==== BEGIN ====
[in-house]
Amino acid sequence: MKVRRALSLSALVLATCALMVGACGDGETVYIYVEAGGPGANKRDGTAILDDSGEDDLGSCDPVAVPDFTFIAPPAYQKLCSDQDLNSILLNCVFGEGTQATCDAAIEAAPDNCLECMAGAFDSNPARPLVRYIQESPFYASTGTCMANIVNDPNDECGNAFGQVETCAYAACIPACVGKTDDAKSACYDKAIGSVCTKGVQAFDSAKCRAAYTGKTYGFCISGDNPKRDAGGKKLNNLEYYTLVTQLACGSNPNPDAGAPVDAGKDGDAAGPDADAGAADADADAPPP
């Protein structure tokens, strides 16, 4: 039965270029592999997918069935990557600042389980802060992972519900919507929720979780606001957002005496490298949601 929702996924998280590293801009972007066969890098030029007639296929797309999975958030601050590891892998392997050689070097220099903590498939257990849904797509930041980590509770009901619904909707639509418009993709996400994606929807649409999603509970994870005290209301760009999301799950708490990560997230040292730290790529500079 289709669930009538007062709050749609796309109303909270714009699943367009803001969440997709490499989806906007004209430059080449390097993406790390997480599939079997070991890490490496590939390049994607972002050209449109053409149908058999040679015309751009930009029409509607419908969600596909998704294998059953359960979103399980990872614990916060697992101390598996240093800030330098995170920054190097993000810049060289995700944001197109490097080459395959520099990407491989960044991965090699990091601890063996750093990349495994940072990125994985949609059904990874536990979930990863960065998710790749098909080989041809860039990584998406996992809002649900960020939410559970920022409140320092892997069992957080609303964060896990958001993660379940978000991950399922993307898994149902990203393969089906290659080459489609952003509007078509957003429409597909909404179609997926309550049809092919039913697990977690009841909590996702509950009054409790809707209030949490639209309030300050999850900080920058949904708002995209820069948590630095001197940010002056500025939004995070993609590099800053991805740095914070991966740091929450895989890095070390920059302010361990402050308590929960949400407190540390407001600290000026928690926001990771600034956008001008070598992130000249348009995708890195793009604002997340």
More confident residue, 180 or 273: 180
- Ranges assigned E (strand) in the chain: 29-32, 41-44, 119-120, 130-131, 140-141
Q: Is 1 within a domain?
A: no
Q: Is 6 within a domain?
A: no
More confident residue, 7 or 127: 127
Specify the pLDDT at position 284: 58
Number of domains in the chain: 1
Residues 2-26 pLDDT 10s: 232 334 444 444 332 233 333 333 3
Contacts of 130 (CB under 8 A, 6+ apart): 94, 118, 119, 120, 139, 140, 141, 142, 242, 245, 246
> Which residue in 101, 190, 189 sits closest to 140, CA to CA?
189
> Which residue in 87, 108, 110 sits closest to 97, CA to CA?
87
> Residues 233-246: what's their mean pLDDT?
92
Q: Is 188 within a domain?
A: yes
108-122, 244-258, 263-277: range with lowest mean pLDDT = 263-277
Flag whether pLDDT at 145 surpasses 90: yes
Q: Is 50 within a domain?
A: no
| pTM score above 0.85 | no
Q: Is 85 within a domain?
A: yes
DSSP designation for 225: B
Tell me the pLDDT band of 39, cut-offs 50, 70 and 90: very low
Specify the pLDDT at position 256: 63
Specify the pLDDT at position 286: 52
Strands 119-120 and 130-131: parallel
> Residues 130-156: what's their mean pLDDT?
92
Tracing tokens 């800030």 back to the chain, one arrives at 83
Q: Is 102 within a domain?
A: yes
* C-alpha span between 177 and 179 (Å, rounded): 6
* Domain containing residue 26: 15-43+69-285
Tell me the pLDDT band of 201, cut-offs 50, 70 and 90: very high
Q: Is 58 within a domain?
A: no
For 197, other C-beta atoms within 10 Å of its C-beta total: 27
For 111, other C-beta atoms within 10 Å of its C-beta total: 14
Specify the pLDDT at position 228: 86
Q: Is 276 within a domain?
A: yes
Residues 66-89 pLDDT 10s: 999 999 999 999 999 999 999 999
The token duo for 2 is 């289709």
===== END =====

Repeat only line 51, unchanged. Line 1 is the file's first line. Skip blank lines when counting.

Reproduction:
The token duo for 2 is 């289709």